Gary Cohn, writing at the Huffington Post (and Capital & Main), takes on the “Corporate Democrats” of California–those Democrats who support moderate policies despite the overwhelming power their party enjoys in the state legislature. He advances two theories for their behavior: one, that the “jungle primary” system makes Democrats blunt their views to compete with Republicans: and two, they are paid by corporate interests.
Case in point, he says: Assemblyman Mark Levine (above left), who postures as a left-wing “suburban liberal,” but is really “part of a new breed of Democrat, one exceedingly attentive to big business while tone-deaf toward the Democratic Party’s traditional base, which includes union workers, environmentalists and public school advocates.” He provides several examples–leaving out Levine’s vote for fracking, which he pretends to oppose.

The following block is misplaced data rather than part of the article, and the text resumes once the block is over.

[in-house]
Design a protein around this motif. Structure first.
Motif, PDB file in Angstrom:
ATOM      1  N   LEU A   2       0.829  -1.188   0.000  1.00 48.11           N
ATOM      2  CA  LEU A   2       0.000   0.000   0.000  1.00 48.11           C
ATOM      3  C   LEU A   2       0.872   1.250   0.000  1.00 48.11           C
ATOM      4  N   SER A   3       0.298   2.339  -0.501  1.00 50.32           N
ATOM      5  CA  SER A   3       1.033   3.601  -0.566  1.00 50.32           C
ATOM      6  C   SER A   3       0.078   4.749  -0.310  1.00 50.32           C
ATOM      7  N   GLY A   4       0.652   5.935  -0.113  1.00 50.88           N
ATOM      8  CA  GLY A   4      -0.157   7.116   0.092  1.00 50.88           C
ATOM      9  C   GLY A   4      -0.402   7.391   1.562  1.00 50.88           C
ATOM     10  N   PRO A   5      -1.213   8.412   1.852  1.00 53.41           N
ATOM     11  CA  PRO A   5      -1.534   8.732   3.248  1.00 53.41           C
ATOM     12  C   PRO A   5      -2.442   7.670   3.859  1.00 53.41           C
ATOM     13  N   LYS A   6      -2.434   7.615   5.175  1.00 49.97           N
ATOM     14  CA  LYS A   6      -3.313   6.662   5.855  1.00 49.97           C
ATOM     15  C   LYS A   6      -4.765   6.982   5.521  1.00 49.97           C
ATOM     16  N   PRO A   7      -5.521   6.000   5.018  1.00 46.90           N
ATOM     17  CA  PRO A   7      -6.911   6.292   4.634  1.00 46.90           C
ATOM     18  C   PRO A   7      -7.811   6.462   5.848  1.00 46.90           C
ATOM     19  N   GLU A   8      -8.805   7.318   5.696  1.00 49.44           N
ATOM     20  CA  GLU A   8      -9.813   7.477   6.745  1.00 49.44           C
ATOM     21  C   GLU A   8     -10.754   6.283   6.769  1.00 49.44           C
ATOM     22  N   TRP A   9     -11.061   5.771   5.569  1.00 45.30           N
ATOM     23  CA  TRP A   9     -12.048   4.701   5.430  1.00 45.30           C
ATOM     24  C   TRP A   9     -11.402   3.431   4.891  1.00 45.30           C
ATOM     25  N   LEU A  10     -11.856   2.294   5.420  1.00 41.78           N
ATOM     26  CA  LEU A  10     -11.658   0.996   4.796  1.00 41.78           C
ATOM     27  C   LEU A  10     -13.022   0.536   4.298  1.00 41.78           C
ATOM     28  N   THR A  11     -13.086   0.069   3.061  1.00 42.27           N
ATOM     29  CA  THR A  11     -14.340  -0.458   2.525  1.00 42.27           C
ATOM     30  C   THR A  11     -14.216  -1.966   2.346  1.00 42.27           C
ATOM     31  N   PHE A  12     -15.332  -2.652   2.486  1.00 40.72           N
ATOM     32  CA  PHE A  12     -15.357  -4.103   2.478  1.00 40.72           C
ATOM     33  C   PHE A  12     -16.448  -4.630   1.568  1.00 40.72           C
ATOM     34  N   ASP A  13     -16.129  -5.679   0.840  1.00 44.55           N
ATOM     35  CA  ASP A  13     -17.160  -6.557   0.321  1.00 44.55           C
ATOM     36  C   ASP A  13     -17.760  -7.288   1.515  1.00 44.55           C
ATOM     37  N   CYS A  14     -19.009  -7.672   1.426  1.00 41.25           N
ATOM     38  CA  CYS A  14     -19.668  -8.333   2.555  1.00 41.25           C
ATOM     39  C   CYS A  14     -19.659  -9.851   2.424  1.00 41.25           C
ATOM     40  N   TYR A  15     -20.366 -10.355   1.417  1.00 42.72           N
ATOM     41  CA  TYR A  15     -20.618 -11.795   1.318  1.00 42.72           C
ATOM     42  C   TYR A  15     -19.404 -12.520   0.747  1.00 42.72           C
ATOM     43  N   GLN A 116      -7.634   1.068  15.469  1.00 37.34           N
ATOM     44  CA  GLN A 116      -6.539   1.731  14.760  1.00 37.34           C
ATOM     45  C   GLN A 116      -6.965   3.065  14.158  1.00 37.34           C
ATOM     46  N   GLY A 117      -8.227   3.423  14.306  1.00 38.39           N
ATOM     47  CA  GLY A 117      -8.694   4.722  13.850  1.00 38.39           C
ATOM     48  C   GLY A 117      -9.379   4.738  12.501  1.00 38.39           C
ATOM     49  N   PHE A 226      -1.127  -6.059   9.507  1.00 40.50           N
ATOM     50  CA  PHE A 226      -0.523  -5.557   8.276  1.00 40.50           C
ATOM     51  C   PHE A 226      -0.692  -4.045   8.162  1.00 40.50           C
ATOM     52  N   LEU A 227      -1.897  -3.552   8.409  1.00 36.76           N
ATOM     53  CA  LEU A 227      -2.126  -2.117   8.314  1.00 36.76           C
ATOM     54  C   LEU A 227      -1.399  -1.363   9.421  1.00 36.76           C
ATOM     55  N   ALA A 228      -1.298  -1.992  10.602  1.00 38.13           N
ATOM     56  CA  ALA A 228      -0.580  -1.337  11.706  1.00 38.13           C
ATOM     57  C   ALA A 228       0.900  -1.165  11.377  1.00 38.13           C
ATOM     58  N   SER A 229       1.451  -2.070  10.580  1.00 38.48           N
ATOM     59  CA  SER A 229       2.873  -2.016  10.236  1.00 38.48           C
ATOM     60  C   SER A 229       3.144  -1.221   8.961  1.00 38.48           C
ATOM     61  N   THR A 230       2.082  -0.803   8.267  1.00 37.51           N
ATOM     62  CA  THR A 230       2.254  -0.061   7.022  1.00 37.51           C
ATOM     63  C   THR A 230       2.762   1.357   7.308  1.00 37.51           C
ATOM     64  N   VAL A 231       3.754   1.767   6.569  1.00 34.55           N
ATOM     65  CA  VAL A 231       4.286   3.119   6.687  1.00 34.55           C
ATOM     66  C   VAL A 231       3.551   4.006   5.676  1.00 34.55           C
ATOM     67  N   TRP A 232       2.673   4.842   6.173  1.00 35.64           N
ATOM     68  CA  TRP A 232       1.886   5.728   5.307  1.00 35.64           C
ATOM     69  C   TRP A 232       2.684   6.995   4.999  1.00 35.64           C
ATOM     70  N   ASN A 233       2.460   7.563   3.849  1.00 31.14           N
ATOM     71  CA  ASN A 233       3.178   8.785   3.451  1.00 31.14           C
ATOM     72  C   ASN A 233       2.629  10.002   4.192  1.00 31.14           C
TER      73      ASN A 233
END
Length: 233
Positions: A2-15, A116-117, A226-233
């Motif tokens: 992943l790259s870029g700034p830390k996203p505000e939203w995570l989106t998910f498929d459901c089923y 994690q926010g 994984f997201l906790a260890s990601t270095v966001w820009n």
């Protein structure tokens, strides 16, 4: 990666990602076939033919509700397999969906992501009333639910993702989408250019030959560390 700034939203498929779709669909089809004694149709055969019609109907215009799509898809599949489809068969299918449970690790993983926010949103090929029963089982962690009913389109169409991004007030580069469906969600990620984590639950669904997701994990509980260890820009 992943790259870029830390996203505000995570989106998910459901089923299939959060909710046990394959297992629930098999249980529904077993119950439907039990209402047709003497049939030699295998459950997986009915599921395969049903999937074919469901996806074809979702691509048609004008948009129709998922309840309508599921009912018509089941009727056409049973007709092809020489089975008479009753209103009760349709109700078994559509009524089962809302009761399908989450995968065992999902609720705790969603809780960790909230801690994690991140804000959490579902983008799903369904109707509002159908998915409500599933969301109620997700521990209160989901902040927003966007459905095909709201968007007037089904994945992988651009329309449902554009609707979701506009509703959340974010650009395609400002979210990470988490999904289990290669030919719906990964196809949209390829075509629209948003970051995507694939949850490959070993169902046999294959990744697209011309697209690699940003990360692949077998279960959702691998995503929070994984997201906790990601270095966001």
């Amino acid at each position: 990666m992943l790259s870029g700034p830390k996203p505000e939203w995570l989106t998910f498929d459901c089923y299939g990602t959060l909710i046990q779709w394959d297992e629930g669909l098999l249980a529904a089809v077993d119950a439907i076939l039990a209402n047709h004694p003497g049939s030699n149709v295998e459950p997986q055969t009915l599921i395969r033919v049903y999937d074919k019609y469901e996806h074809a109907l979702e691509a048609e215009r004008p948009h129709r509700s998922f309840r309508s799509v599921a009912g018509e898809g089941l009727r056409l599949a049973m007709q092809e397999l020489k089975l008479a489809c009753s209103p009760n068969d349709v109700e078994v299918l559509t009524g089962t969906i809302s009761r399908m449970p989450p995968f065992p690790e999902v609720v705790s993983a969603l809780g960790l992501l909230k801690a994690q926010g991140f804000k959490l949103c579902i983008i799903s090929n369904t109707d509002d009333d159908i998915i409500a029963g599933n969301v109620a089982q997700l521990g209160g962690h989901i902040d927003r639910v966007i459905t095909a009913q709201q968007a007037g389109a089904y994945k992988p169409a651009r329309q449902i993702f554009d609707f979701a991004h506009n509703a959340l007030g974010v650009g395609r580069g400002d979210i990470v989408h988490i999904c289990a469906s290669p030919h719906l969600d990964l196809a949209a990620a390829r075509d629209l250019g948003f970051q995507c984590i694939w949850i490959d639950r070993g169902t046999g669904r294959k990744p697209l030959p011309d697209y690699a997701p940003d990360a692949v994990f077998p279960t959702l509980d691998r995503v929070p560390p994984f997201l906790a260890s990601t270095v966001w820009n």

But Levine’s behavior does not quite fit the model Cohn constructs. After all, if Levine were trying to appeal to the political center, then surely he ought to be touting his vote for fracking, not echoing left-wing propaganda against it. Furthermore, there are some policies that do not require the intervention of “big money” from corporate America. Some of them are simply an acknowledgment of reality–often against contributors’ wishes.
As the reality of unemployment bites, for example, even liberals are starting to back big-box stores. And the “union workers” and “environmentalists” that Cohn cites often have quite different views on fossil fuel development. Where “suburban liberals” cast paranoid visions of environmental catastrophe, union leaders often see opportunities for job creation–as well as new member recruitment and new pension contributions.
One thing Cohn does have right is that corporations are turning, increasingly, to Democrats with their lobbying dollars. That is not a new development: recall that Wall Street backed Barack Obama heavily in 2008, for example. It is a sign of two phenomena, one Californian, one general: that there is little alternative in a state run by one party; and that big business always likes to be on the side of the winner, the better to join in the spoils.